Which comes first, anti-spam or anti-virus?

We used an anti-virus scanner to pre-scan messages for viruses and delete them before passing the message onto the anti-spam scanners we were testing. It raised the question - what is a best practice in the enterprise messaging space?

In our test, we used an anti-virus scanner to pre-scan messages for viruses and delete them before passing the message onto the anti-spam scanners we were testing. This simplified our test environment and offered a more level playing field. It also raised the question - what is a best practice in the enterprise messaging space?

Almost all of the products we tested included a virus-scanning component. Some, especially the service-based products, offer more than one virus scanner to increase the likelihood that infected e-mail will be caught. A short and easy answer is to simply say, "Do both in the anti-spam gateway." But that begs the question, "Which should be done first, and why?"

Main index: Spam in the Wild, The Sequel

We found that the potential for problems in this area is tremendous. While anti-virus products are clear on what a virus is, there is not widespread agreement on exactly where all of the e-mail traffic generated by mass-mailing worms should fall. Clearly, if a worm generates a message that contains the worm, that's infected. But if a worm generates a junk message, should the anti-virus or anti-spam component catch it? And what about the double-bounce messages that are generated as a side effect of many of these mass-mailing worms? Are those spam or viruses? Or should they be let through?

One anti-spam user we spoke with during our test brought up this problem. Users were complaining about messages generated by worms. The anti-virus vendor said "That's spam," and the anti-spam vendors said, "That's a virus." This problem is one reason some e-mail administrators are moving to an integrated approach. While most products we tested integrated technologies from at least two vendors, that's no assurance that the problem won't come up.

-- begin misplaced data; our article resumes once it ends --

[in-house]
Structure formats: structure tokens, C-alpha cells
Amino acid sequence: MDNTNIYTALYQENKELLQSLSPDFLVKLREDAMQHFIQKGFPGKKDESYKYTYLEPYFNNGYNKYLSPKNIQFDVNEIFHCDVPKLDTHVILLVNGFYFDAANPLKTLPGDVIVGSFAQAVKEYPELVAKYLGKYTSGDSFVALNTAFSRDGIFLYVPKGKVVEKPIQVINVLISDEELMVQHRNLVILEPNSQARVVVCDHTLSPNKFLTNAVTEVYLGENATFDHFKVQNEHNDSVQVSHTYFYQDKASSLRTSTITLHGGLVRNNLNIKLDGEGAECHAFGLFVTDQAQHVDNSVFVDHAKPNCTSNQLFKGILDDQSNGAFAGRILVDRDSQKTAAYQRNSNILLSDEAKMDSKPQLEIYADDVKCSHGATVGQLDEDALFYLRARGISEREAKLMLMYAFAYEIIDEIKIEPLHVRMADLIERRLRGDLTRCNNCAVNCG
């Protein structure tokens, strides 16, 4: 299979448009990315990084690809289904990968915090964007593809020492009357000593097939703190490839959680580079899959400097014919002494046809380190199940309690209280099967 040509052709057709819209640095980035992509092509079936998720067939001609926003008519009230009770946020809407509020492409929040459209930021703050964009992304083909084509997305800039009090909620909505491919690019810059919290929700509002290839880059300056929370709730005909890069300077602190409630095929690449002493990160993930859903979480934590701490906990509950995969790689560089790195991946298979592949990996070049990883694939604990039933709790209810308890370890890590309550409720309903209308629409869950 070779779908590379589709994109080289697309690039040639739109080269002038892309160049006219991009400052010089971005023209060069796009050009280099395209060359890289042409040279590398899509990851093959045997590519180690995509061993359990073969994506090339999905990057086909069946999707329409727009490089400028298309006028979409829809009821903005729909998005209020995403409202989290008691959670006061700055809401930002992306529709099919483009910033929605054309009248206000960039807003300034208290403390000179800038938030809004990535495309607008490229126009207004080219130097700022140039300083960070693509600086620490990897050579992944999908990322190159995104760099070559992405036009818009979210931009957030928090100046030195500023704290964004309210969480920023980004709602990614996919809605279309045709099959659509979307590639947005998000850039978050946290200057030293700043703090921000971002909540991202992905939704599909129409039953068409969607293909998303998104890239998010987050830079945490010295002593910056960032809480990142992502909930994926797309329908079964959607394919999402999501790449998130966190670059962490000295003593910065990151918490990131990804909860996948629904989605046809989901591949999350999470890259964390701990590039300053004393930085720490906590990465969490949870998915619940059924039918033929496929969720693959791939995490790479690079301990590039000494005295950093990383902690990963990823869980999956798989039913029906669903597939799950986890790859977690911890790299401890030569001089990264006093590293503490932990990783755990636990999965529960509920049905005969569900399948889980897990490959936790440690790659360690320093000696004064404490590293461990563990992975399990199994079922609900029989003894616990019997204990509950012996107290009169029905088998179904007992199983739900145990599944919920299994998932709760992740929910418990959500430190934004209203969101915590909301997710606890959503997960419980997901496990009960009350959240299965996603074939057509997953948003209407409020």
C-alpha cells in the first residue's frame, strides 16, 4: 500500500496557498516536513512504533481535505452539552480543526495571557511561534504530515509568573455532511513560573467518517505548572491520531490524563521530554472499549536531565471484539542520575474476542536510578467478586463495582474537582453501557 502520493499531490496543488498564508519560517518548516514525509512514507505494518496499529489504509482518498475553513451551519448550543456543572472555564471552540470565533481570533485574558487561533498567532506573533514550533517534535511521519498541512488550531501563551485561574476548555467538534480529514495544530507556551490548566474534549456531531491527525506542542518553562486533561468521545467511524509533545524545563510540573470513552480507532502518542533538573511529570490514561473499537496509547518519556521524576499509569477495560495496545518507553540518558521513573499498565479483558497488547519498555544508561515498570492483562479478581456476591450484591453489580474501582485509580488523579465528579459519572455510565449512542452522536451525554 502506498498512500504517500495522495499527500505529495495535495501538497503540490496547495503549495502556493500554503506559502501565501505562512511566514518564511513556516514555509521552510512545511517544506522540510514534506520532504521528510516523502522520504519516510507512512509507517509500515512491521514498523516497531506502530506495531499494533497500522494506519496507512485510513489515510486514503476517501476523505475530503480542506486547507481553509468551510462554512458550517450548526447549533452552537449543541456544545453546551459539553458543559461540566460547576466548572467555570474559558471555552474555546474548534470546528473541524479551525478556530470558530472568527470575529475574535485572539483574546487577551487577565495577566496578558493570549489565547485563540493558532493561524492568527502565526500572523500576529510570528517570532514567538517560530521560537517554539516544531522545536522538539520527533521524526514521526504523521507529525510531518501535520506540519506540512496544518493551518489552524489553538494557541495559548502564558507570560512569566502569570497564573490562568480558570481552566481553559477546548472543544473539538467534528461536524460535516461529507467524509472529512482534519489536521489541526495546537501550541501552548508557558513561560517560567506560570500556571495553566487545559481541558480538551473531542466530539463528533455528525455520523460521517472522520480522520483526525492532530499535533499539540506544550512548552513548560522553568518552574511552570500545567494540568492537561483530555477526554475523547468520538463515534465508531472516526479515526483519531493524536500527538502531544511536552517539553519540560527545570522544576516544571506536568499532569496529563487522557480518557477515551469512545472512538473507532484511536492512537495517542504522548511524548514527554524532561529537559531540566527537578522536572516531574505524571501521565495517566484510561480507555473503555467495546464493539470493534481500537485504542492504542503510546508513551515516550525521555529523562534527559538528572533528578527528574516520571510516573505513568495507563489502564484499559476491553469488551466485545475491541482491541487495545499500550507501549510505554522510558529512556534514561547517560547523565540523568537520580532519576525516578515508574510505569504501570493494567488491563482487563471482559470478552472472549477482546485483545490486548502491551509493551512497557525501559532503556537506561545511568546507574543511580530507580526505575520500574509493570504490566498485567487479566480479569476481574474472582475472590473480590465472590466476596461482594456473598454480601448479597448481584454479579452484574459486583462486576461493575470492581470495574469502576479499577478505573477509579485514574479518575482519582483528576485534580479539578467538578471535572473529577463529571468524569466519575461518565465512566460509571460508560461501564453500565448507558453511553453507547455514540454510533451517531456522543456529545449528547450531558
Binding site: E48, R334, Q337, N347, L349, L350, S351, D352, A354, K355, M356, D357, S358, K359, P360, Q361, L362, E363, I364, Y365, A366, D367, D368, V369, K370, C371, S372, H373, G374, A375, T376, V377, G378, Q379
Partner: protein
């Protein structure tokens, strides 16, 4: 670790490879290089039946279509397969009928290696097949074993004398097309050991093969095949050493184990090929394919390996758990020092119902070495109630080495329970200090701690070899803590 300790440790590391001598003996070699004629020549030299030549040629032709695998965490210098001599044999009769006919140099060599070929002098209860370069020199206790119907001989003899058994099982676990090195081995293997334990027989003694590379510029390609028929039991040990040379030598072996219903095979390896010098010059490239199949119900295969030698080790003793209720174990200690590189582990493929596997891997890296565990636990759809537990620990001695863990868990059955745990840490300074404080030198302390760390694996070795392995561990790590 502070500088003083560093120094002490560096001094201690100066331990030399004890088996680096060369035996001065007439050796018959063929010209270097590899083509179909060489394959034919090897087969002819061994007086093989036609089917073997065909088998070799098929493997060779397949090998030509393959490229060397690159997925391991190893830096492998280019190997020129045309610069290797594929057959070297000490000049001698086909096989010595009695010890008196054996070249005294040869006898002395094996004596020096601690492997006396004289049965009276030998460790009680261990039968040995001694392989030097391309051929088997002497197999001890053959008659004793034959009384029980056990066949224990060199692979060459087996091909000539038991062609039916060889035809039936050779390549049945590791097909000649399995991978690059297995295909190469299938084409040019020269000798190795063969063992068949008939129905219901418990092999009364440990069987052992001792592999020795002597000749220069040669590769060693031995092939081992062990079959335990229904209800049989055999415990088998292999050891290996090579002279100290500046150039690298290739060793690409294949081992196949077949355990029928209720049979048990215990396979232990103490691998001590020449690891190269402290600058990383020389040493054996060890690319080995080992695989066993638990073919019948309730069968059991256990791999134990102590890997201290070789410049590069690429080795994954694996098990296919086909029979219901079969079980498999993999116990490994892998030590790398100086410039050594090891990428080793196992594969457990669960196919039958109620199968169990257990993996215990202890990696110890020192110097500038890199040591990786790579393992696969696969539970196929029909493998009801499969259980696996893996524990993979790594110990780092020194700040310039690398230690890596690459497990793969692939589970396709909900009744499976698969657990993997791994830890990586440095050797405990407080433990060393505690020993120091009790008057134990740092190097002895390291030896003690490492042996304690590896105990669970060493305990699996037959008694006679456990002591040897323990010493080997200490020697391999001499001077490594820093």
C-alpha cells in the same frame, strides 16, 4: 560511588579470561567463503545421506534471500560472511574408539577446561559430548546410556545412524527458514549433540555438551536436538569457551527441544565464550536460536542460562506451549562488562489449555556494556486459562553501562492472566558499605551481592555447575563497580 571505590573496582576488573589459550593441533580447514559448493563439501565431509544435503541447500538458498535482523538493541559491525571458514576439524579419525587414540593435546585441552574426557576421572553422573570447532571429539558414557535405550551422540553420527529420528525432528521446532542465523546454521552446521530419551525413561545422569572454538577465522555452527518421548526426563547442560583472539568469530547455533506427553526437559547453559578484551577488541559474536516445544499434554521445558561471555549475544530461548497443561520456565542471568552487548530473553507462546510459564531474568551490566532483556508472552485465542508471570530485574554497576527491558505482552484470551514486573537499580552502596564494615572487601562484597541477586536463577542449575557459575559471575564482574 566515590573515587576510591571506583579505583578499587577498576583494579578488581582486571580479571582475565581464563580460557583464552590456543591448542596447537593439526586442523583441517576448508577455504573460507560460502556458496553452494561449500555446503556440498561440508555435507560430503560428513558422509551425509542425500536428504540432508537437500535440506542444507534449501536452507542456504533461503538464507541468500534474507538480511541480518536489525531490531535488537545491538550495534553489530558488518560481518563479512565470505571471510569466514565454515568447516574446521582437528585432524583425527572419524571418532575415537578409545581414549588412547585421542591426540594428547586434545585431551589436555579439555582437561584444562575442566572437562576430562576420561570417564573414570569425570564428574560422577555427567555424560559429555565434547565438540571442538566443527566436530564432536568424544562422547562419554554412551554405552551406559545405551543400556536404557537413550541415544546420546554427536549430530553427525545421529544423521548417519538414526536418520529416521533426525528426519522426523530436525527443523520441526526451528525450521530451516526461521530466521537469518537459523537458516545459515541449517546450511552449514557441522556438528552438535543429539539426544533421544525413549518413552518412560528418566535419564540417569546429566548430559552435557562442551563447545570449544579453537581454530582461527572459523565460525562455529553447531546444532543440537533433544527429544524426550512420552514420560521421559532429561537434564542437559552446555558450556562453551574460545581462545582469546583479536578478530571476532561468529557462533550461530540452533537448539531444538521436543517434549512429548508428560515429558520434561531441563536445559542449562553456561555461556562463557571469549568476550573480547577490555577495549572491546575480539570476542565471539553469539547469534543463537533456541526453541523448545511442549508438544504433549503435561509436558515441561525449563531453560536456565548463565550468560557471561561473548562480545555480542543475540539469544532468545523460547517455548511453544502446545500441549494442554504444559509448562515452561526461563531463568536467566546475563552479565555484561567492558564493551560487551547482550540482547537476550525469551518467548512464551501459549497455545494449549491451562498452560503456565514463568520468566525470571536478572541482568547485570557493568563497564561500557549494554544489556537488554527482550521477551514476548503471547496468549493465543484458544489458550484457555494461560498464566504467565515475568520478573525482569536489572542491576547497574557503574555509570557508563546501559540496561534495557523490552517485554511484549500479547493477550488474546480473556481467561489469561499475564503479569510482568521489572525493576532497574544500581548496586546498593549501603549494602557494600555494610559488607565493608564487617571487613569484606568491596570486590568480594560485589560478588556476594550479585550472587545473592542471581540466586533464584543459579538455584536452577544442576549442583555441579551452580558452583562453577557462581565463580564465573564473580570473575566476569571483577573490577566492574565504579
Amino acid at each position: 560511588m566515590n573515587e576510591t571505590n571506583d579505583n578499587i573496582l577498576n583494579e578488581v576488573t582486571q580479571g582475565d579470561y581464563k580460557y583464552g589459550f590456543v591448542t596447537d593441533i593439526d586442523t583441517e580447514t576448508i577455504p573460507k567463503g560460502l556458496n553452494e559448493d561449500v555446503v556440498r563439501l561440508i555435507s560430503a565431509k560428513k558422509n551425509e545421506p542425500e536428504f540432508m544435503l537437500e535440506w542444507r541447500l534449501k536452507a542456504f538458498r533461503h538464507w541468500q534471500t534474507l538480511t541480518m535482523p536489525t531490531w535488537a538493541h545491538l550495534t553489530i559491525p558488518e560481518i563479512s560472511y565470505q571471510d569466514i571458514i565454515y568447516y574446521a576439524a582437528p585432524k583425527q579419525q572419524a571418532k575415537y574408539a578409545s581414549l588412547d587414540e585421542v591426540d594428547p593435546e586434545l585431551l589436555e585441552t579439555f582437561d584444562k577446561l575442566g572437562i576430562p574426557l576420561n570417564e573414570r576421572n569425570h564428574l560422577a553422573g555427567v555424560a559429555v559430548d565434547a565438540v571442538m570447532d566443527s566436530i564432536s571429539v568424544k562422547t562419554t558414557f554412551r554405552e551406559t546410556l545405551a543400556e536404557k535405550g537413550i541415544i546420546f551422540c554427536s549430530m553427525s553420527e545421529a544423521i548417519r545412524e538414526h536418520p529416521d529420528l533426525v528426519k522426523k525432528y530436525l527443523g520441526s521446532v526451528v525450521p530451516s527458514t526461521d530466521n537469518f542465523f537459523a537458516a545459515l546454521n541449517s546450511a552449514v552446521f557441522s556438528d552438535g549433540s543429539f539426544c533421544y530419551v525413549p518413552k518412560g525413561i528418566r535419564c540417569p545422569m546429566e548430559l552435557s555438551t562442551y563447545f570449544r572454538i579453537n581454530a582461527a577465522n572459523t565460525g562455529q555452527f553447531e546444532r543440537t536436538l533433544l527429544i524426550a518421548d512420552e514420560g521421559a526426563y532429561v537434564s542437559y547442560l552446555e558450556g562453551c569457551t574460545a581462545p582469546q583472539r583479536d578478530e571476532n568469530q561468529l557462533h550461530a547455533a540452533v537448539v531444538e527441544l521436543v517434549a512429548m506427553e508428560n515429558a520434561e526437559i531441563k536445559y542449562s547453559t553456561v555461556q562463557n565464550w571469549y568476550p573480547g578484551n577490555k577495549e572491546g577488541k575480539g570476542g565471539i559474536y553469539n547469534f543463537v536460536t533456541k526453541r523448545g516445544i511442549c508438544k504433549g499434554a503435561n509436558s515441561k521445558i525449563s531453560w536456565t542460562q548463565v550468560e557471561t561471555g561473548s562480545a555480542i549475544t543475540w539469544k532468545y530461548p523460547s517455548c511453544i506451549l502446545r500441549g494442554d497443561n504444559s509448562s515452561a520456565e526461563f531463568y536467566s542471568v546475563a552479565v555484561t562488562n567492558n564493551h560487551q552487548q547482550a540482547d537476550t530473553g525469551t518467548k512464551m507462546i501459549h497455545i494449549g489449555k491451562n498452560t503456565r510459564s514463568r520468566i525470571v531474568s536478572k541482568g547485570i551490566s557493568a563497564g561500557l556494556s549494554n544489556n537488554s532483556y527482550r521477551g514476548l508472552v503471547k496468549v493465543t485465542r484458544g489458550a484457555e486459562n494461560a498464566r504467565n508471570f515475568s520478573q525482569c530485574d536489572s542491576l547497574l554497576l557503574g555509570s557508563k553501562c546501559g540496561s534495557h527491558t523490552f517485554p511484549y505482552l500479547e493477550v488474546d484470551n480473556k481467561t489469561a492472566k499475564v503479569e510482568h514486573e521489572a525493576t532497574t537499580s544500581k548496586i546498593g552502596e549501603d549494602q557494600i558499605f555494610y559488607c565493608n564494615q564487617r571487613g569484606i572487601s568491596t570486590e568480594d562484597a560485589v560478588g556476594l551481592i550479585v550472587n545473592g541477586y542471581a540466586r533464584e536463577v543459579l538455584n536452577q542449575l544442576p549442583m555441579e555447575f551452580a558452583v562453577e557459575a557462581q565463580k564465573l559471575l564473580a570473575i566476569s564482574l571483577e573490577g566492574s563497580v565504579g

Choosing to scan for viruses before or after spam usually comes down to performance. Different products have different characteristics. Generally, our tests showed that virus scanning is expensive in terms of performance, but anti-spam scanning is even more expensive. As a test, we installed the Sophos anti-virus scanner on the same hardware used for the anti-spam tests, and ran our spam-free, virus-free performance tests on it. The message throughput rate of about 50 messages per second was higher than any anti-spam product we tested, giving an indication of the generally more modest resources required to scan for viruses compared to spam.

However, most e-mail is spam, which means that if you cut out the spam first, you then don't have to scan that mail for viruses. Since the percentage of e-mail that is virus-infected is very low, there is a performance advantage to scanning for spam first, then scanning for viruses.

Some of the anti-spam products we tested have a way to configure which test is done first. Most, however, lock you into a particular sequence based on their own experience.

Many of the products we tested act as full e-mail policy engines, so they are designed to scan outgoing mail as well as incoming mail. Generally, companies don't want to scan outgoing mail for spam because they don't think that they send spam - and they don't want to take the hit of the occasional false positives. However, outgoing mail should always be scanned for viruses.

Copyright © 2004 IDG Communications, Inc.

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